Kitty Kitty is kind of like a mixture between Ally Carter, Meg Cabot, and Louise Rennison, but with Michele Jaffe’s own fabulously unique twist (and in many ways, dare I say it, better than these authors) on it all! It’s a smart, fresh, laugh-out-loud hilarious mystery full of cool gadgets and inventions a Gallagher girl would be proud of (reference to Ally Carter’s books, for those who haven’t read them). It’s as hilarious and insane as Louise Rennison only with a much better, suspenseful, and more recognizable plot. Jas is a heroine worthy of a Meg Cabot book. Put it all together, and you have near-perfection!

My only disappointment in this book was that we did not see more of Venice, but that’s more of a personal taste than anything else. I love great settings, and Venice was a barely-there backdrop; only the canals were of any importance, and any body of water would have worked there. Jasmine’s Italian classes and hilarious troubles with the language were the only indication that they were even in Italy!

Kitty Kitty is a funny, intelligent, and adventurous mystery that readers will love. I can’t wait for the next book in the series, and this one isn’t even out until July! I guess for now I’ll have to be content rereading Bad Kitty, but I think this book may be even better than that one (unbelievable, right?). Kitty Kitty is a madcap adventure in the streets and canals of Venice involving friendship, mystery, fashion, pigeons, crime fighting, language barriers, suspense, romance, water wings, six-foot-tall squirrels, locked-door murder mysteries, tweezer tasers, cats, gondoliers, and much more hilariousness that will have readers laughing hysterically as they turn pages as quickly as their fingers will allow.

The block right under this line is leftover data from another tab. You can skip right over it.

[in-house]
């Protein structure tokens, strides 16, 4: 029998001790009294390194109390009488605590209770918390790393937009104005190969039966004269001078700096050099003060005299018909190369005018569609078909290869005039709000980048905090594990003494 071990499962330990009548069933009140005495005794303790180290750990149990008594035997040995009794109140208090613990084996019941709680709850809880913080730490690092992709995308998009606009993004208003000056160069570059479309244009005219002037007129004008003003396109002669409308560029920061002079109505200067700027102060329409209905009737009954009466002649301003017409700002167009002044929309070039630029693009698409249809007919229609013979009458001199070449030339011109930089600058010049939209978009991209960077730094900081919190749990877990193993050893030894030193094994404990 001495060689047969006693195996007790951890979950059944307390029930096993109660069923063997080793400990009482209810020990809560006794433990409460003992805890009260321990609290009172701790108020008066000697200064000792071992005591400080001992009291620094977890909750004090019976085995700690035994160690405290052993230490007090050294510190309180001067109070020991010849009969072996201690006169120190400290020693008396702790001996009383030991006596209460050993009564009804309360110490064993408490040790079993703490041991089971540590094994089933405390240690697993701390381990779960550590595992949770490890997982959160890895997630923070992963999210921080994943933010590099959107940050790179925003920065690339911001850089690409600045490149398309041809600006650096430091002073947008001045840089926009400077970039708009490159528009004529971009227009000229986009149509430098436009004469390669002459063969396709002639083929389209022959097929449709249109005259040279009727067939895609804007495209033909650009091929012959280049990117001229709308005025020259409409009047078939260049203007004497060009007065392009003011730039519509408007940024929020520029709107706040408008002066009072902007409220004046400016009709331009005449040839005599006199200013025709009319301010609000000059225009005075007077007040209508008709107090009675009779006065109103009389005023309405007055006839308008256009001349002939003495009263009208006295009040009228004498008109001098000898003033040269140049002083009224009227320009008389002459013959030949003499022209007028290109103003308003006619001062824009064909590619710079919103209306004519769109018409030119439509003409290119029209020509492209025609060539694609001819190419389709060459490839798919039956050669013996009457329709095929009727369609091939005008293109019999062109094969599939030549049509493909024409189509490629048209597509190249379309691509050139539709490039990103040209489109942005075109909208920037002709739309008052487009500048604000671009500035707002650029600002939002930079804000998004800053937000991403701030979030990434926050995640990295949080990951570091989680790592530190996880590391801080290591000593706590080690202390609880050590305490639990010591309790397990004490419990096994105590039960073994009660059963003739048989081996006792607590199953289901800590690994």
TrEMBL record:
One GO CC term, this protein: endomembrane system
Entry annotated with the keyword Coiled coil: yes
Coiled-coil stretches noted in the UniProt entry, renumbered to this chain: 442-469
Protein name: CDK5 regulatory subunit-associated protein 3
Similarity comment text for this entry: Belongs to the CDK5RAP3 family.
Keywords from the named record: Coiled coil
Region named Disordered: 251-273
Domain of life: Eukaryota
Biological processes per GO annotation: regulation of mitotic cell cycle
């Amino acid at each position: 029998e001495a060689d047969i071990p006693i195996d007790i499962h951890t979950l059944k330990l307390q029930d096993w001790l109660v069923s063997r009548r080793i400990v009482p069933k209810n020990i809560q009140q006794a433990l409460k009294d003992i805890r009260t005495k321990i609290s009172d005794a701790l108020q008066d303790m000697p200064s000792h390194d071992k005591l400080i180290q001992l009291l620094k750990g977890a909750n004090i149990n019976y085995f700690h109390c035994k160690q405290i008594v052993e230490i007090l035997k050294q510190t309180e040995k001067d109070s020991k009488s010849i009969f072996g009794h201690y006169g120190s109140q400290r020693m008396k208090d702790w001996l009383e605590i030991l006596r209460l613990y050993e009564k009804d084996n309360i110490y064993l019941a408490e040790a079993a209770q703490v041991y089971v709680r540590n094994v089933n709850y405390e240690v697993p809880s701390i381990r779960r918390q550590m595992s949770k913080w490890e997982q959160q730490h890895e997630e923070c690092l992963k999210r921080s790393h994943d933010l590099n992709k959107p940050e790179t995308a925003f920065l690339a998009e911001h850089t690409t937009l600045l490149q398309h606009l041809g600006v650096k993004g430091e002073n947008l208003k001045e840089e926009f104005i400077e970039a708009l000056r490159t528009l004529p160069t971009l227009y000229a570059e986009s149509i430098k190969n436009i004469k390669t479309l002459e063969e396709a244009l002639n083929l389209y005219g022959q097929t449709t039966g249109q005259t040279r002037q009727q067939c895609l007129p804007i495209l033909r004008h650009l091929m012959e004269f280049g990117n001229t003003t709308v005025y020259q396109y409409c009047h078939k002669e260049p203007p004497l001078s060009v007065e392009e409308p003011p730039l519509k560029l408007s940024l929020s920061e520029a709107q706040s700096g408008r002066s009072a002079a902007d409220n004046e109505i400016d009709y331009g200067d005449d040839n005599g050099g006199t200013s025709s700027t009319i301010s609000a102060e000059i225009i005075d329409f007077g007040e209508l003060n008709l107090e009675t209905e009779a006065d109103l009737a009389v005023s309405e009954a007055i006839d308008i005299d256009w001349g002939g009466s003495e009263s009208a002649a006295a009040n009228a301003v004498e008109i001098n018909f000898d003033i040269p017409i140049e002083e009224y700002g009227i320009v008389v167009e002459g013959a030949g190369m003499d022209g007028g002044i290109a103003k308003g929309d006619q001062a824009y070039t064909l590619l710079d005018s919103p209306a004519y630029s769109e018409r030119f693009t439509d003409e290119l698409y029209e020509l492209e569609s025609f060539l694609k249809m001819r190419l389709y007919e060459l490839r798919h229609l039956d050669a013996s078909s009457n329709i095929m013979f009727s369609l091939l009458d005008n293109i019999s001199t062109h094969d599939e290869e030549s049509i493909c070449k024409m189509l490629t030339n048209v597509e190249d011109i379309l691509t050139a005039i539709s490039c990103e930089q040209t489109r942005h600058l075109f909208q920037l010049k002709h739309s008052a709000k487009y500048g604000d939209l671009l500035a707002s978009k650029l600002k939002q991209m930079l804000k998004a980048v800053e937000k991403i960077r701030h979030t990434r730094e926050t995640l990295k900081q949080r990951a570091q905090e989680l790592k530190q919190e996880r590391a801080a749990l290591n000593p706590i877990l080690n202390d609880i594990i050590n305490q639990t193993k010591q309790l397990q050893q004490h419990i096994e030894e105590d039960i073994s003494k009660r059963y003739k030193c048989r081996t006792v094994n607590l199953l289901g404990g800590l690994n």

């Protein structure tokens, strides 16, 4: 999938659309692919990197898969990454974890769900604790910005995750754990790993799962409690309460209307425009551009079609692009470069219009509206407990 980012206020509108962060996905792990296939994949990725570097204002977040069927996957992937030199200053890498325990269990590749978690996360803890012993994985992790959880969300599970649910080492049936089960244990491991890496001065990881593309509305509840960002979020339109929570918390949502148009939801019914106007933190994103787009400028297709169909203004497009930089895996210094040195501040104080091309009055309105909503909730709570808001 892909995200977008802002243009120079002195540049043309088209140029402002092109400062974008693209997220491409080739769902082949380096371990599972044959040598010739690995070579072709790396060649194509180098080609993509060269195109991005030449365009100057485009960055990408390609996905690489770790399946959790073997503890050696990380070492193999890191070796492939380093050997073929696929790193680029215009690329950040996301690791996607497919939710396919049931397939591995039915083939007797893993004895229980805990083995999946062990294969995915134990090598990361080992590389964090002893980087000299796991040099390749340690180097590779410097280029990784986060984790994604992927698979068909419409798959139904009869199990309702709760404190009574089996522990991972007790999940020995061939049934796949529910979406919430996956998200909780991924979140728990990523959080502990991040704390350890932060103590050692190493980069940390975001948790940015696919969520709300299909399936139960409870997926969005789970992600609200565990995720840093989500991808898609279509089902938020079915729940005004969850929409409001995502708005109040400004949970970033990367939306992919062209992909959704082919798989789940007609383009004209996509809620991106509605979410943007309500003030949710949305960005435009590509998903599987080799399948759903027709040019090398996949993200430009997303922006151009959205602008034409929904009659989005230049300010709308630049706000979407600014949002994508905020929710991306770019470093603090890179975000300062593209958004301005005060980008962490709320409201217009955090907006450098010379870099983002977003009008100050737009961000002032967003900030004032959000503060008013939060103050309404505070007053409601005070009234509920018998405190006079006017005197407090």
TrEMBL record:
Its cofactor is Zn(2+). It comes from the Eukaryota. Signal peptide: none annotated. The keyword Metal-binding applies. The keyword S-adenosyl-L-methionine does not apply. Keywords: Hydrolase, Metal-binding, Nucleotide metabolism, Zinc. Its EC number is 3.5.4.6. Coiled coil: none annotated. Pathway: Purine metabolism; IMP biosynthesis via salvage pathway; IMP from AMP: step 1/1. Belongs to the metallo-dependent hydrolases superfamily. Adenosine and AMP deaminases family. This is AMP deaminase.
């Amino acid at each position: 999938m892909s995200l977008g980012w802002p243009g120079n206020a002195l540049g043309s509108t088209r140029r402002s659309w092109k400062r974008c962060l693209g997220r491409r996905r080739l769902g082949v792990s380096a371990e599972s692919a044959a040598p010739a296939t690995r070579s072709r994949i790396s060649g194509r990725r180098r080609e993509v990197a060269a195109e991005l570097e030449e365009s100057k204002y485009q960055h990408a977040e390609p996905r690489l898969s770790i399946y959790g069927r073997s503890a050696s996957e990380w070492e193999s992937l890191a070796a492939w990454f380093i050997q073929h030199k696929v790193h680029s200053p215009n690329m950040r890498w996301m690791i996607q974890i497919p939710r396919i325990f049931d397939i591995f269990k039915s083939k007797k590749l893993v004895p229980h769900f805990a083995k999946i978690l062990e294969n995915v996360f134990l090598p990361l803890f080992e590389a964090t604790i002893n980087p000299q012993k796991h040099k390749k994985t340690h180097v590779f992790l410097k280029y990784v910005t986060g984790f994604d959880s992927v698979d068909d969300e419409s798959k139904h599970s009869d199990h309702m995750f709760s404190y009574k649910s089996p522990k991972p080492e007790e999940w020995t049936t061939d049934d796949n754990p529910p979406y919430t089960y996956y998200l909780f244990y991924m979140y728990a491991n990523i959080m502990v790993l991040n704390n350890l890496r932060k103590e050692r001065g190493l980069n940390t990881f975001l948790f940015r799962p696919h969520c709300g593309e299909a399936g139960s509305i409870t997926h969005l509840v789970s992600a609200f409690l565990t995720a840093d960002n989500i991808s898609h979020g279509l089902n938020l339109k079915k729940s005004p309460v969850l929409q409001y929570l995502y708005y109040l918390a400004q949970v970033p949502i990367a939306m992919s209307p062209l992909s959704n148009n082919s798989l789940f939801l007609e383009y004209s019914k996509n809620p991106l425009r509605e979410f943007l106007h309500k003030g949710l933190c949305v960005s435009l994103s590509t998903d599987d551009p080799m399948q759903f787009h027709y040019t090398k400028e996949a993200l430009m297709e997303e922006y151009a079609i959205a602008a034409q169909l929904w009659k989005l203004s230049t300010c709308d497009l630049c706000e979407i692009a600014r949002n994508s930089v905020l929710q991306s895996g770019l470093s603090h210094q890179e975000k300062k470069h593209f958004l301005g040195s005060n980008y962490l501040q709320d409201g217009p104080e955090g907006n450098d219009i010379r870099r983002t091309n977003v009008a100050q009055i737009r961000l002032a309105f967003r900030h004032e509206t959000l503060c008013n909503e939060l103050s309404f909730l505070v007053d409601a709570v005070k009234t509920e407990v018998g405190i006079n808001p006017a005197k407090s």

Charles de Lint‘s latest novel, Dingo, is certainly good, but it was less wonderful than I expected. Worth reading for fans? Yes. But if you haven’t read anything of his, don’t start with this, or you’ll have an unfairly low opinion of his talent (my favorite book of is is The Blue Girl).

Dingo is told from the viewpoint of Miguel, a teenager who is working at his father’s store one day when a girl and her dog come in and change his life. Lainey is a beautiful girl, with eye-catching red hair the same color as her dog’s coat. Em, the dog always at her side, is less than fond of Miguel. They have just come from Australia, and Lainey is being homeschooled by her stepfather, Stephen.

Lainey is gorgeous and smart and funny and seems to like Miguel. He can’t stop thinking about her. Still, though, there’s something a little strange, a little off about Lainey and her life. He’s not sure what it is, so he can’t tell his friends, even when strange paw prints show up outside his window, or when he starts having bizarre dreams. Lainey needs his help, and he needs Lainey–but is he up to the challenge, far greater than it seems, of saving her?

It’s hard to give a summary without  giving away too much, though if you read any summary of the book online, you’ll find out a major plot twist (which I advise you not to do, if you dislike spoilers. Don’t read anything else about it). I liked this book. I read it all at once, never putting it down. But isn’t the author’s ability to make us  suspend our disbelief essential in fantasy? I never felt like I was able to stop questioning certain elements of this book–the love story in particular, which happened quickly and was never explained in such a way as to satisfy my disbelief. I also felt like Charles de Lint took the easy way out, the short way of solving the many problems, in a way (though it was still difficult for the characters–I just mean from a writing standpoint). After thinking long and hard about it, I realized that this seems like a several-hundred-pages-more-long story abridged and shortened and made into something that makes far less sense but is only 213 pages long. This is a big story crammed into a little book, a book of such a length that Charles de Lint didn’t explain things well enough, a short book that meant he took too many shortcuts. There was so much potential in Dingo to be amazing and brilliant, and I know Charles de Lint is capable of that, but this potential was far from realized.